Creators mine dark psychology for hits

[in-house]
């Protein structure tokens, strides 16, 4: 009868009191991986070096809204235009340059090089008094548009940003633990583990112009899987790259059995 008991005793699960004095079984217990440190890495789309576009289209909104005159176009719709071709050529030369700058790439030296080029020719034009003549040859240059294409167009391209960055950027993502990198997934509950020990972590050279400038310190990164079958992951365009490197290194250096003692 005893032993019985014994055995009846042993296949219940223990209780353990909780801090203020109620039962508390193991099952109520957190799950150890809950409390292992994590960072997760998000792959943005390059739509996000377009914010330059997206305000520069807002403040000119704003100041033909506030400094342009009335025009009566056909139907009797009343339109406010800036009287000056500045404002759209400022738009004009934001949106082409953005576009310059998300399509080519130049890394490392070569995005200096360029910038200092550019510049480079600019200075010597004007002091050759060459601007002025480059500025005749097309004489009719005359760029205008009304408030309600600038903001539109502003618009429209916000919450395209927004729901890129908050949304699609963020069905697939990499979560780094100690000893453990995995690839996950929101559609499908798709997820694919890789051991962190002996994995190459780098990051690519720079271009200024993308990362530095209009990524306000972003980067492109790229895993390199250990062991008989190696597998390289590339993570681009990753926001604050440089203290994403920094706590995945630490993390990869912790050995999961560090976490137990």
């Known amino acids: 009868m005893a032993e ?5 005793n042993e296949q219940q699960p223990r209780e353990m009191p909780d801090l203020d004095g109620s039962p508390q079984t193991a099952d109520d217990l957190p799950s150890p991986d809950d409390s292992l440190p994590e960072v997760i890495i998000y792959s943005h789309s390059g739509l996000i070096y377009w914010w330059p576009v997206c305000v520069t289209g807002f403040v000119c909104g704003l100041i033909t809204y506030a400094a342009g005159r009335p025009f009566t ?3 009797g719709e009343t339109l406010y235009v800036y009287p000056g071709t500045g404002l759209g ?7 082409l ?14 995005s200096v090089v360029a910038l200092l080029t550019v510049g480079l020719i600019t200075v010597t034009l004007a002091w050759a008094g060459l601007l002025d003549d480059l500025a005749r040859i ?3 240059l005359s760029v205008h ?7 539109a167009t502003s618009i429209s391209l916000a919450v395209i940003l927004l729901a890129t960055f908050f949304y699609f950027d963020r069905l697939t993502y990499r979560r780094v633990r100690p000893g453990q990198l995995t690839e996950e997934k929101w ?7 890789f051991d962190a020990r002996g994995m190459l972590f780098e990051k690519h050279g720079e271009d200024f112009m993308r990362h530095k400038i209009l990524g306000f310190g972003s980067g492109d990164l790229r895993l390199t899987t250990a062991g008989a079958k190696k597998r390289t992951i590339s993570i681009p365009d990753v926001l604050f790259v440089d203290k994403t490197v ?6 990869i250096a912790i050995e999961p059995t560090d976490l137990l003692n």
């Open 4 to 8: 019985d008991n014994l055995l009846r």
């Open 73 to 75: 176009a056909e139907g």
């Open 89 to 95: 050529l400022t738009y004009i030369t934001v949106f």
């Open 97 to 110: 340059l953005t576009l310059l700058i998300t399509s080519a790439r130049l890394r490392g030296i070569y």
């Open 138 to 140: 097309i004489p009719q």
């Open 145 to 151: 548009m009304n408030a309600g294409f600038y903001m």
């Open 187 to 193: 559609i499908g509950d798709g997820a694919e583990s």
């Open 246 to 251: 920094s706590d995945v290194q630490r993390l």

The proliferation of complicated protagonists on the smallscreen has led many to insist we’re in a golden age of television. But how did these characters come to life?Michael Hirst, who writes every episode of Showtime’s “The Tudors,” a series centered on the young Henry VIII, returned to the vast library he assembled to write the movie “Elizabeth” (1998). “I got all those books out again, about 30 basic texts,” Hirst says. “But I also read the poetry and listen to the music of the time. Often, I’m just looking for quirky details that don’t mean much to a historian, but to a dramatist they’re meat and drink.” Ironically, Hirst may have done his job too well. His Henry is so vibrant — and so sexily compelling in Jonathan Rhys Meyers’ portrayal — that viewers may be forgiven wondering how much is based in fact. Hirst offers a sharp retort. “Just because people don’t believe it doesn’t mean it’s not true,” he insists. “As a rule, the more extreme it is, the more likely it’s true.” If the manipulative and dogged Henry has a distaff equivalent in the modern world, it could easily be Patty Hewes, the scheming — ostensibly principled — lawyer who’s the eye of the storm on FX’s “Damages.” As played by Glenn Close, she’s a fearsome creature, one creators Todd and Glenn Kessler and Daniel Zelman had to combine resources to invent. “She’s smarter than any one of us,” Glenn Kessler says. “She’s a step ahead of everybody.” They created Hewes to explore power dynamics in a fresh way. “We had seen men depicted in this fashion,” Glenn Kessler continues. “But there hadn’t been a similar treatment for women. So we alighted on high-stakes litigation.” In so doing, the trio relied on personal experience. “We’ve known people like her,” Todd Kessler says. “She’s very much a product of all three of our lives.” Yet one valuable piece of the Hewes puzzle arrived accidentally, according to Zelman. “We came across an article about this personality test,” he recalls. “It turned out that criminals and high-powered CEOs scored similarly. That was a big inspiration for the series — that the very people who thrive in our society share traits with those near the edge.” No character on TV these days stands nearer to the edge than Benjamin Linus of ABC’s “Lost.” Though the show remains the very personal domain of co-creators Carlton Cuse and Damon Lindelof, even they have drawn on history occasionally. For Ben’s introduction at the start of the second season of “Lost,” Lindelof offers a real-life “what if” as the inspiration. “What if the British captured Napoleon and didn’t know they had him because he disguised himself as a simple sailor?” he asks. “That’s what we had in mind here.” What they didn’t envision was that Michael Emerson, who plays Ben, would possess such staying power. “We thought he’d have a three-episode arc, and then we wouldn’t see him again,” Cuse recollects. “But Michael was so damn compelling that we wrote eight episodes in year two and then made him a series regular. He overwhelmed us with his malevolent charisma.” Comedy only recently embraced complicated protagonists, but examples in the genre are as vivid as any — just think Alec Baldwin’s Jack Donaghy in NBC’s “30 Rock,” Steve Carell’s Michael Scott in the Peacock’s “The Office” and Neil Patrick Harris’ Barney Stinson in “How I Met Your Mother” (CBS). For Barney, the politically incorrect blowhard who serves as the sitcom’s catalyst, creators Carter Bays and Craig Thomas turned to their own post-collegiate days, when they were writing for David Letterman in New York. “Barney’s invented,” Thomas says, “but the initial spark came from two guys we knew. One was a drinking buddy who used to say, ‘Boys, I’m gonna teach you how to live.’ Barney says that now. It’s always stuff that’s going to cost you a lot of money and possibly shorten your life expectancy. But it made us laugh in real life, and we thought it might make other people laugh, too.”
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